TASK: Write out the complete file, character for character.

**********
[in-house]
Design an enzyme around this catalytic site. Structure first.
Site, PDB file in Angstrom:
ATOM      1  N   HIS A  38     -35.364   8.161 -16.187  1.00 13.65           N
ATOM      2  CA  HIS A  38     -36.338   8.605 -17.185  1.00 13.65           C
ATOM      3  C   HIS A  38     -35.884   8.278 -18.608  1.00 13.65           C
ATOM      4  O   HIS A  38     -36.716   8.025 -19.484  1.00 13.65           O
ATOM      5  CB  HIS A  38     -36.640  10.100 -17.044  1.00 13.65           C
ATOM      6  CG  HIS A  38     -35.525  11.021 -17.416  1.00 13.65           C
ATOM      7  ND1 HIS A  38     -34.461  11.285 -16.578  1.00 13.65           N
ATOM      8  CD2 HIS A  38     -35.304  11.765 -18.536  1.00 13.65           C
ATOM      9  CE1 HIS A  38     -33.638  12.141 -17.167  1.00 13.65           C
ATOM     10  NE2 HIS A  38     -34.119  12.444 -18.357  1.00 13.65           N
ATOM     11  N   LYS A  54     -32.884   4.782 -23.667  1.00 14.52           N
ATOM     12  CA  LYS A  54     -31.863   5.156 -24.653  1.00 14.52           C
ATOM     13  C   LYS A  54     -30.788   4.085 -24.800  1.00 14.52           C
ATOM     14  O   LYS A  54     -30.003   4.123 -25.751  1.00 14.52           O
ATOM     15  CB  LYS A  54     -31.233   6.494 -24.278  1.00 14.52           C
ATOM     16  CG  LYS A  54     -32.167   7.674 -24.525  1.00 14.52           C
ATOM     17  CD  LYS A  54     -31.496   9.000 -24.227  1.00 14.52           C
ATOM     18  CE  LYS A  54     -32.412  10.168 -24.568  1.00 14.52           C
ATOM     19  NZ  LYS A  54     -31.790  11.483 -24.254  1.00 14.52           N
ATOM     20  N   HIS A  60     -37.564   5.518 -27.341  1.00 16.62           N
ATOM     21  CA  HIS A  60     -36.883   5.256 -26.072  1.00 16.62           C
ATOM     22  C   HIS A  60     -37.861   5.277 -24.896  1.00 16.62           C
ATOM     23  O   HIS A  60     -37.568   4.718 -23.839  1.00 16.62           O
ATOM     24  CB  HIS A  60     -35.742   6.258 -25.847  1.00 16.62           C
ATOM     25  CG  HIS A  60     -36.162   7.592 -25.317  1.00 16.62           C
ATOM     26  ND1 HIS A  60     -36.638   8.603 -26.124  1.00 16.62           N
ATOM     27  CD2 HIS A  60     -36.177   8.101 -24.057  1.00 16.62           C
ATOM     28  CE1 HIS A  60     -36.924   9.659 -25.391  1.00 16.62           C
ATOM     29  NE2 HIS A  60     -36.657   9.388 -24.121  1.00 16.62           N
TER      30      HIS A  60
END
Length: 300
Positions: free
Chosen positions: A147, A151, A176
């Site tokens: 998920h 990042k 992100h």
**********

[in-house]
Design an enzyme around this catalytic site. Structure first.
Site, PDB file in Angstrom:
ATOM      1  N   HIS A  38     -35.364   8.161 -16.187  1.00 13.65           N
ATOM      2  CA  HIS A  38     -36.338   8.605 -17.185  1.00 13.65           C
ATOM      3  C   HIS A  38     -35.884   8.278 -18.608  1.00 13.65           C
ATOM      4  O   HIS A  38     -36.716   8.025 -19.484  1.00 13.65           O
ATOM      5  CB  HIS A  38     -36.640  10.100 -17.044  1.00 13.65           C
ATOM      6  CG  HIS A  38     -35.525  11.021 -17.416  1.00 13.65           C
ATOM      7  ND1 HIS A  38     -34.461  11.285 -16.578  1.00 13.65           N
ATOM      8  CD2 HIS A  38     -35.304  11.765 -18.536  1.00 13.65           C
ATOM      9  CE1 HIS A  38     -33.638  12.141 -17.167  1.00 13.65           C
ATOM     10  NE2 HIS A  38     -34.119  12.444 -18.357  1.00 13.65           N
ATOM     11  N   LYS A  54     -32.884   4.782 -23.667  1.00 14.52           N
ATOM     12  CA  LYS A  54     -31.863   5.156 -24.653  1.00 14.52           C
ATOM     13  C   LYS A  54     -30.788   4.085 -24.800  1.00 14.52           C
ATOM     14  O   LYS A  54     -30.003   4.123 -25.751  1.00 14.52           O
ATOM     15  CB  LYS A  54     -31.233   6.494 -24.278  1.00 14.52           C
ATOM     16  CG  LYS A  54     -32.167   7.674 -24.525  1.00 14.52           C
ATOM     17  CD  LYS A  54     -31.496   9.000 -24.227  1.00 14.52           C
ATOM     18  CE  LYS A  54     -32.412  10.168 -24.568  1.00 14.52           C
ATOM     19  NZ  LYS A  54     -31.790  11.483 -24.254  1.00 14.52           N
ATOM     20  N   HIS A  60     -37.564   5.518 -27.341  1.00 16.62           N
ATOM     21  CA  HIS A  60     -36.883   5.256 -26.072  1.00 16.62           C
ATOM     22  C   HIS A  60     -37.861   5.277 -24.896  1.00 16.62           C
ATOM     23  O   HIS A  60     -37.568   4.718 -23.839  1.00 16.62           O
ATOM     24  CB  HIS A  60     -35.742   6.258 -25.847  1.00 16.62           C
ATOM     25  CG  HIS A  60     -36.162   7.592 -25.317  1.00 16.62           C
ATOM     26  ND1 HIS A  60     -36.638   8.603 -26.124  1.00 16.62           N
ATOM     27  CD2 HIS A  60     -36.177   8.101 -24.057  1.00 16.62           C
ATOM     28  CE1 HIS A  60     -36.924   9.659 -25.391  1.00 16.62           C
ATOM     29  NE2 HIS A  60     -36.657   9.388 -24.121  1.00 16.62           N
TER      30      HIS A  60
END
Length: 300
Positions: free
Chosen positions: A147, A151, A176
């Site tokens: 998920h 990042k 992100h």